Arnold Kling  

The Anti-Hanson on Health Care

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John A. Nyman has a theory under which it is efficient to stimulate health care spending with health insurance.


When the care that was deemed to be welfare-decreasing is reclassified as welfare-increasing, health insurance becomes much more valuable to consumers than health economists have hitherto thought it was.

Pointer from Mark Thoma and Austin Frakt.

I agree that if you take all of the cost-ineffective medical procedures that people undergo and "reclassify" them as welfare-improving, then by golly health insurance becomes more valuable. But if Nyman were to debate Robin Hanson on the empirical realism of this, my money would be on Hanson.


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COMMENTS (7 to date)
Adam Ozimek writes:

That would be great if someone could make this debate happen.

Austin Frakt writes:

Arnold,

Fuller quote, from the ungated paper you referenced:

"Moral hazard" refers to the additional health care that is purchased when persons become insured. Under conventional theory, health economists regard these additional health care purchases as inefficient because they represent care that is worth less to consumers than it costs to produce. A new theory, however, suggests that much of moral hazard is actually efficient. When the care that was deemed to be welfare-decreasing is reclassified as welfare-increasing, health insurance becomes much more valuable to consumers than health economists have hitherto thought it was. As a result, there is a new argument for national health insurance: efficiency.

The paper is an easy read. His book takes far more effort, but has far more crucial detail. (See my post, to which you link for a link to his book.) I encourage those interested in this area to do more to understand what Nyman has done. If one wishes to differ with him, one should look for ways in which his theory is a worse fit with observation than the conventional one. Read his book. He goes through it. Find the flaw(s).

Austin Frakt writes:

Why isn't Nyman invited to be on EconTalk, as I've suggested (among others): http://theincidentaleconomist.com/wordpress/an-open-letter-to-russ-roberts/ .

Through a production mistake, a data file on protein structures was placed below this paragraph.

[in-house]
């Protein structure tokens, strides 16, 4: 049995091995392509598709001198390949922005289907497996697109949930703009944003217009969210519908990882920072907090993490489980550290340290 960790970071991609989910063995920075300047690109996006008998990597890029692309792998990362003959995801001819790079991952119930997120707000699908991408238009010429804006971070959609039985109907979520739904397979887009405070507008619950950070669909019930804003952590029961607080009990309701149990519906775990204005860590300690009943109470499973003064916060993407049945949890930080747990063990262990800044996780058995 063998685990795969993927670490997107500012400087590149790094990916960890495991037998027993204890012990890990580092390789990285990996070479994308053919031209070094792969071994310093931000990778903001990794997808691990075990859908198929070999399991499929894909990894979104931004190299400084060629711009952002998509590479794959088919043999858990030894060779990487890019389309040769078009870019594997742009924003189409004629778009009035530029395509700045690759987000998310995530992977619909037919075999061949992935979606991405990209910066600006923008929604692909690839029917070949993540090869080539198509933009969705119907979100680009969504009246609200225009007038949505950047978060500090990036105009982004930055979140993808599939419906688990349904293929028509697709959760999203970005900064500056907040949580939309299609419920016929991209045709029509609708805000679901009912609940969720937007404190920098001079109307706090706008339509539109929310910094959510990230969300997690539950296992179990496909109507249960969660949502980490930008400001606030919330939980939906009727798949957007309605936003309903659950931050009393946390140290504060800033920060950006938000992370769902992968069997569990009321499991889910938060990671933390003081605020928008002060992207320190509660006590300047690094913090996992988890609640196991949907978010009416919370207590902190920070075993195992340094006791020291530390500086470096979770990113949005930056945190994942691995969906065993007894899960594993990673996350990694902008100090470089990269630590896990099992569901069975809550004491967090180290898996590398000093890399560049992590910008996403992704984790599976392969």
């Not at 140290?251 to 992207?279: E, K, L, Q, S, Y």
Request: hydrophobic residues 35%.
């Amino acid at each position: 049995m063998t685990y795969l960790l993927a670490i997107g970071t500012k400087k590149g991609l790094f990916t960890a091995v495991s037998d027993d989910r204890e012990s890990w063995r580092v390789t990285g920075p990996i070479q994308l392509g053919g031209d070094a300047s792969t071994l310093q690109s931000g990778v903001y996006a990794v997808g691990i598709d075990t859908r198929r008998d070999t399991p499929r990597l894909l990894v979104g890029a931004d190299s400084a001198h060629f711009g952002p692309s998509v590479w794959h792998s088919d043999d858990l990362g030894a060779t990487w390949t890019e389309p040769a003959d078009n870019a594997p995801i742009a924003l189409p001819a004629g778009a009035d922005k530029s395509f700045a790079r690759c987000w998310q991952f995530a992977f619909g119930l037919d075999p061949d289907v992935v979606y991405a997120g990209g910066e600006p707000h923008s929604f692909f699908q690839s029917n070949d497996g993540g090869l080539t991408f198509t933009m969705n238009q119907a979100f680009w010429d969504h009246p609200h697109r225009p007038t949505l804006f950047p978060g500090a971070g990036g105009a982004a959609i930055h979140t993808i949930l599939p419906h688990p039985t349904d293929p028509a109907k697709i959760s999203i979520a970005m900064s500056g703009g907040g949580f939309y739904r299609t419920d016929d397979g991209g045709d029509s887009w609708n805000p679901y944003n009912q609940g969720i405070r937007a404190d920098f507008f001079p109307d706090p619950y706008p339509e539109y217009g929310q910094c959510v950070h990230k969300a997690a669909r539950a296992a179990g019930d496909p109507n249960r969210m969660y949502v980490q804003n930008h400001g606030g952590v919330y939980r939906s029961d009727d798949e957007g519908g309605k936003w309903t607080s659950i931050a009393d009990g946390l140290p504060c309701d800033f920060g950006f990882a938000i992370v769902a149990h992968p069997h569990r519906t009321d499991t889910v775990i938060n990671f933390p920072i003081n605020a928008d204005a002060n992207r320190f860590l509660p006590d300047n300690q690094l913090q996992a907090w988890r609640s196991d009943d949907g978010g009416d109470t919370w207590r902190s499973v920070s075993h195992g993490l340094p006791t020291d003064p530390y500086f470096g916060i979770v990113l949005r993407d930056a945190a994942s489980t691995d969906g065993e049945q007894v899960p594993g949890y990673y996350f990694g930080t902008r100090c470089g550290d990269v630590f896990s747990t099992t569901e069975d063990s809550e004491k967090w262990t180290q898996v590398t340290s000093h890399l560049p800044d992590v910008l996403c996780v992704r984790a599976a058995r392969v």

Maybe he has been invited. Still, I'm puzzled why that program has had no health economists by my count. (Health economists are different from economists talking about health.)

Shangwen writes:

Arnold, I think Robin Hanson is spot-on with some philosophical issues about why we desire and consume health care, and also on some other general issues. But if you put him in the ring with anyone Austin suggested, my money would be on a tapout in the first round.

Hi, Austin.

You asked:

Why isn't Nyman invited to be on EconTalk, as I've suggested (among others): http://theincidentaleconomist.com/wordpress/an-open-letter-to-russ-roberts/

Have you ever commented on EconTalk or asked on EconTalk about inviting Nyman? I don't actually see any comments by you on EconTalk.

A good start would be to post a comment with your suggestion on EconTalk. I'm sure your personal blog is very influential, but perhaps no one from EconTalk ever saw your open letter or suggestion. Or perhaps not enough people saw it.

You are right that health economics has not been a big topic on EconTalk of late. There have certainly been some recent past podcasts on health, though. Here is the list from the category Health:
http://www.econtalk.org/archives/health/

You make a good point that health economists are different from economists talking about health. But, curiously, why are they different? Frankly, in today's world, I'd rather listen to an economist with a broad background talking about x than an economist with a specialty in x talking only about x. But I could be persuaded.

Pete writes:

Arnold,
Nyman's point is that the moral hazard increase in spending can be split into an income transfer effect and a price effect. He claims that since people are paying for that income transfer in the event that they get sick, the resulting moral hazard increase in spending from the income transfer is welfare increasing not decreasing. That is why he claims that some what is conventionally thought of as welfare decreasing moral hazard should actually be thought of as welfare increasing.

I haven't read the article you linked to, but he makes the argument more technically here.

His argument (at least in the paper I linked to, and I suspect in the paper you linked to) has nothing to do with the effectiveness or ineffectiveness of medical care, it is simply about how "efficient" the moral hazard increase in health spending is. I think you are confusing medical effectiveness with economic efficiency.

Austin Frakt writes:

Pete nailed it.

Thanks Lauren. I've sent email to Russ and to the show's address. I'll also try to find other ways to comment.

Health economists specialize in health. Many in sub-areas. If one is going to do a show on the economics of X, it makes sense to include an expert on X. As for health, it is 1/6-th of our economy. Seems like it is worth specializing in and paying attention to those that do so.

Sorry to say, many economists make errors when trying to extrapolate their thinking to health. This is not their fault. The same is true of health economists trying to extrapolate to, say, international trade. It's just not their specialty, and that matters.

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